Phulay Bay is one of only two Ritz-Carlton Reserve properties in Southeast Asia, where the natural world is as upfront as its luxury counterpart
Editor’s note: See other Escape Plan stories here.
As the answer to the Amans and Six Senses of the world, Ritz-Carlton’s collection of Reserve properties were designed to illuminate a rarefied level of low-key luxe and quiet unassuming service the first two hotel chains are known for. In Southeast Asia, there are two Ritz-Carlton Reserve properties: Mandapa in Ubud and Krabi’s Phulay Bay. The relative remoteness and natural environs of both locations are an attractive balm to world-weary upscale travellers seeking to unplug from the resuming hamster wheel of international travel and its occasional dramas. Well, the dramas check out the moment guests check-in at Phulay Bay, with its impossibly well-manicured Edenic gardens (if the biblical location was amongst UNESCO-accredited karst hill formations). The greenery and the primordial forces of Mother Nature abound at this 54-key resort that fronts the Andaman Sea.
Much has been said about the property’s Moorish-meets-Southern Thai design specs—a nod to travellers from the far Orient who ventured to these shores for trade in centuries past. Interiors are traditionally Thai in flavour—ornate wood etchings depicting local scenes and art forms are subtle highlights. Rooms also feature possibly the largest and cushiest beds at any resort.
Outdoors, much of the Krabi area and natural landscape hasn’t changed much since those times (besides the proliferation of 7-Eleven stores). And it’s perhaps this feeling of being able to get away from it all, yet being fully centred in the modern world with 5G mobile connections that makes a stay at Phulay Bay a near effortless way to recharge one’s biological batteries. Sign up for activities such as a hike up Naga or Dragon Crest mountain—it’s a mythical ridge said to be home to a local protector god. It’s also a great way to perk one’s fitness routine with the reward of standout views of the region’s staggering topography upon reaching the top. And if carefully timed, an early morning start would, weather permitting, guarantee chances to catch a spectacular sunrise.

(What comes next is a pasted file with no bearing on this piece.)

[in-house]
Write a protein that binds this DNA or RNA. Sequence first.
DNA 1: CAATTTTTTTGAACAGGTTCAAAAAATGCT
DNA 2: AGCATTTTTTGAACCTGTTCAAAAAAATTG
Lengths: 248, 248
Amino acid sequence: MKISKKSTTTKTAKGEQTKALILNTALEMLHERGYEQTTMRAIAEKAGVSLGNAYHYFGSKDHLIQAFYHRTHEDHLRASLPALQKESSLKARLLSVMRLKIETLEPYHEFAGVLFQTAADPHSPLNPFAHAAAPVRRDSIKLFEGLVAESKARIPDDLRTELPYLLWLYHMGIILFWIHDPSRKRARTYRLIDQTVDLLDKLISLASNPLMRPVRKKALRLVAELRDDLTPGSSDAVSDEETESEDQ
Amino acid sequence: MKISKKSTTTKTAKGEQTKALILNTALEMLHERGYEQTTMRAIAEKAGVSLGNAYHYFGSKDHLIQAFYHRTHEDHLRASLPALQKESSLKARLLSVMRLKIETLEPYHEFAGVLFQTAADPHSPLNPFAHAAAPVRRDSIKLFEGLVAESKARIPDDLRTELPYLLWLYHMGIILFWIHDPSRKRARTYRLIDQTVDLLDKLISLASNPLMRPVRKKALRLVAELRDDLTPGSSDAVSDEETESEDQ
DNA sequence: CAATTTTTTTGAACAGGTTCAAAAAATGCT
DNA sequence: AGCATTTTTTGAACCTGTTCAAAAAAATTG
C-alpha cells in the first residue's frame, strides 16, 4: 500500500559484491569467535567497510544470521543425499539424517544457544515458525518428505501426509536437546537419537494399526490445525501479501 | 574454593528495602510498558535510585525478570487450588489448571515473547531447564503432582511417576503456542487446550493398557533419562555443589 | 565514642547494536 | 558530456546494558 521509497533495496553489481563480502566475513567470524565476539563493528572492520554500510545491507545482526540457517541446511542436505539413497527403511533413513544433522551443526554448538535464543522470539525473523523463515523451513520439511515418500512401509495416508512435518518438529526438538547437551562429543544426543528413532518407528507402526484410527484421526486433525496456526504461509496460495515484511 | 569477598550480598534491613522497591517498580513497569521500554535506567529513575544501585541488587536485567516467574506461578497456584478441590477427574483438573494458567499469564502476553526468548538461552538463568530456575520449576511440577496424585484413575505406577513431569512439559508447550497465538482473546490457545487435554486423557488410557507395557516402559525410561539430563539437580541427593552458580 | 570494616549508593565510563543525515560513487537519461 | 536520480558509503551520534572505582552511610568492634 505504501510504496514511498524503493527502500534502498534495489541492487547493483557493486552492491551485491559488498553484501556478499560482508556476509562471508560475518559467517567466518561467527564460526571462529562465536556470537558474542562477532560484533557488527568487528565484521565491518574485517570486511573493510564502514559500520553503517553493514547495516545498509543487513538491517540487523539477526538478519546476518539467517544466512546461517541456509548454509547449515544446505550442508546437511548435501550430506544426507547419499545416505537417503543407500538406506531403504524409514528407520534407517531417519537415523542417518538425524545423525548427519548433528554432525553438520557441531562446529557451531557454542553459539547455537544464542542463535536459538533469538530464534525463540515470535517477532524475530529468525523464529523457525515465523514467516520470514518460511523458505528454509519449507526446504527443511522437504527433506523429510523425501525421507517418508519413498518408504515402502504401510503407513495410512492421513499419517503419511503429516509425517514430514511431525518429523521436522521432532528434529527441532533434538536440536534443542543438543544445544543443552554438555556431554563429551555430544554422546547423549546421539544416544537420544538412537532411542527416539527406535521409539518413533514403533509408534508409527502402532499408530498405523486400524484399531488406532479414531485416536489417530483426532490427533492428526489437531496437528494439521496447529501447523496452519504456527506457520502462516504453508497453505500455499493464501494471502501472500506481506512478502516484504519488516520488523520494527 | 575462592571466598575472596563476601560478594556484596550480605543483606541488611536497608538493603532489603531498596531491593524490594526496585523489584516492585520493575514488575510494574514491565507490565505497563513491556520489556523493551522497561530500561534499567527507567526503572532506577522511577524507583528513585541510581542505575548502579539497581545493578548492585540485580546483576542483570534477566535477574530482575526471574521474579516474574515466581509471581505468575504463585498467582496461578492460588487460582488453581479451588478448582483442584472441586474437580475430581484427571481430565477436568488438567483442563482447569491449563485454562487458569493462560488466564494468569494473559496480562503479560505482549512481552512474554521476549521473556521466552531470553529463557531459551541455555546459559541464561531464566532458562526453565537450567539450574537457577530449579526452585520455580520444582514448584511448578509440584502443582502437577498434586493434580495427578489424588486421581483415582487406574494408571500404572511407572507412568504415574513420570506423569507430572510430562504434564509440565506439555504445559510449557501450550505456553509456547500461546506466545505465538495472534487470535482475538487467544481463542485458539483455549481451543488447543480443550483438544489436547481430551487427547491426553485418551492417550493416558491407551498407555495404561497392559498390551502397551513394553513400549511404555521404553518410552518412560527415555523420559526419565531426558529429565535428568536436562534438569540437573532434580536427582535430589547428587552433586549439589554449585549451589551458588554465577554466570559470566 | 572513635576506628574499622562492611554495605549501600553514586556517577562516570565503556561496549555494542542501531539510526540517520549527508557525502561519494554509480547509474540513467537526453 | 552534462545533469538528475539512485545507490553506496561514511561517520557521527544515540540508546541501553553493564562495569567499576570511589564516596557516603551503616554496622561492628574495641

For those preferring to fly and flop by the water, the resort has an intimate if slightly vibey pool scene. Phulay Bay has been known to host off-the-radar celebrities and reality TV ‘stars’ wanting some time away from the cameras and velvet-roped nightclubs. Cocktails, healthy salads as well as not-as-healthy burgers and pizzas made on the spot can be ordered at Plai Fah, the breezy open-air bar. However, regulars usually save their stomachs for dinner, which can be a real treat. At Sri Trang, the resort’s Thai restaurant pays homage to the art of plating exquisite yet unfussy Southern Thai dishes. Here, Chef Aong—who has cooked for Thai royalty along with international stars and statesmen—consistently rolls out winners such as the Senmee Gang Foo, a flavour-packed punch of yellow crab coconut curry served with vermicelli. With her deep understanding of how to balance the palate with flair, Chef Aong is liberal with chilli spice and generous with her use of coconut milk, has a medium hand on the sweetness level, and exercises more restraint with the tart nuances. The result: a dish you’d want to order the next day, and possibly the one after that.
Another pleasantly surprising experience takes place at The Spa, with its water supply powered by streams from Naga mountain. Traditional treatments and classic modalities are highlighted here. There are no cryotherapy chambers or high-tech skin perfecting machines. What’s on offer, though, are experienced therapists who know what works for guests. Take, for instance, the Kerstin Florian brightening facial—an unassuming combination of holistic skincare products and a facial massage that crafts a noticeable glow lasting for at least a week.
But schedule your facial after your Hong Island excursion, the resort’s daily longtail boat trip to the Thanbok Kharanee National Park. The collection of islets is also looking suitably rested and well-groomed after a two-and-a-half year hiatus from tourist hordes. It’s a great way to catch some sun. The sand is still powdery white as if sprinkled from a salt shaker, and the water that darts in hue from jade to aquamarine remains as warm and inviting as ever.